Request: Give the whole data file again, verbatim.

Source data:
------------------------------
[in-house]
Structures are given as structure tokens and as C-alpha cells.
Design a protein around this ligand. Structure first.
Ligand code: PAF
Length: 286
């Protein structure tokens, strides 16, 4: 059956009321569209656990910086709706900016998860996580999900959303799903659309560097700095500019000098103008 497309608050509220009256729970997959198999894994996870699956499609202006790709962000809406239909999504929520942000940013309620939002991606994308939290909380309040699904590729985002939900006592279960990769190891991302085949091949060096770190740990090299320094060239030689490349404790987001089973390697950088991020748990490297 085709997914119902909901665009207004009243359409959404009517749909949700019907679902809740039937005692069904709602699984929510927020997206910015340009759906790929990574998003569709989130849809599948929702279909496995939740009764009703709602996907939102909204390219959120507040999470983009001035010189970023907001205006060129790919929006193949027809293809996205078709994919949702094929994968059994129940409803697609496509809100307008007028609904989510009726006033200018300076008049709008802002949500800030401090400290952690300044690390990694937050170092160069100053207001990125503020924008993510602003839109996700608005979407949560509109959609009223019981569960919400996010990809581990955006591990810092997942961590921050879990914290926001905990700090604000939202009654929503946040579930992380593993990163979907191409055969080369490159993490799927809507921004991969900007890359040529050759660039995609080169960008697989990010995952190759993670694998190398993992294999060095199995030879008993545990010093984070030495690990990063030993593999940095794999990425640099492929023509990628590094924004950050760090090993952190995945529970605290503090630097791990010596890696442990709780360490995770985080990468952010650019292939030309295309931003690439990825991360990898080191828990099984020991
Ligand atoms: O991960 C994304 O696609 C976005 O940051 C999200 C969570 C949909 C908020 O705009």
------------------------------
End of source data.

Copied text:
[in-house]
Structures are given as structure tokens and as C-alpha cells.
Design a protein around this ligand. Structure first.
Ligand code: PAF
Length: 286
């Protein structure tokens, strides 16, 4: 059956009321569209656990910086709706900016998860996580999900959303799903659309560097700095500019000098103008 497309608050509220009256729970997959198999894994996870699956499609202006790709962000809406239909999504929520942000940013309620939002991606994308939290909380309040699904590729985002939900006592279960990769190891991302085949091949060096770190740990090299320094060239030689490349404790987001089973390697950088991020748990490297 085709997914119902909901665009207004009243359409959404009517749909949700019907679902809740039937005692069904709602699984929510927020997206910015340009759906790929990574998003569709989130849809599948929702279909496995939740009764009703709602996907939102909204390219959120507040999470983009001035010189970023907001205006060129790919929006193949027809293809996205078709994919949702094929994968059994129940409803697609496509809100307008007028609904989510009726006033200018300076008049709008802002949500800030401090400290952690300044690390990694937050170092160069100053207001990125503020924008993510602003839109996700608005979407949560509109959609009223019981569960919400996010990809581990955006591990810092997942961590921050879990914290926001905990700090604000939202009654929503946040579930992380593993990163979907191409055969080369490159993490799927809507921004991969900007890359040529050759660039995609080169960008697989990010995952190759993670694998190398993992294999060095199995030879008993545990010093984070030495690990990063030993593999940095794999990425640099492929023509990628590094924004950050760090090993952190995945529970605290503090630097791990010596890696442990709780360490995770985080990468952010650019292939030309295309931003690439990825991360990898080191828990099984020991
Ligand atoms: O991960 C994304 O696609 C976005 O940051 C999200 C969570 C949909 C908020 O705009």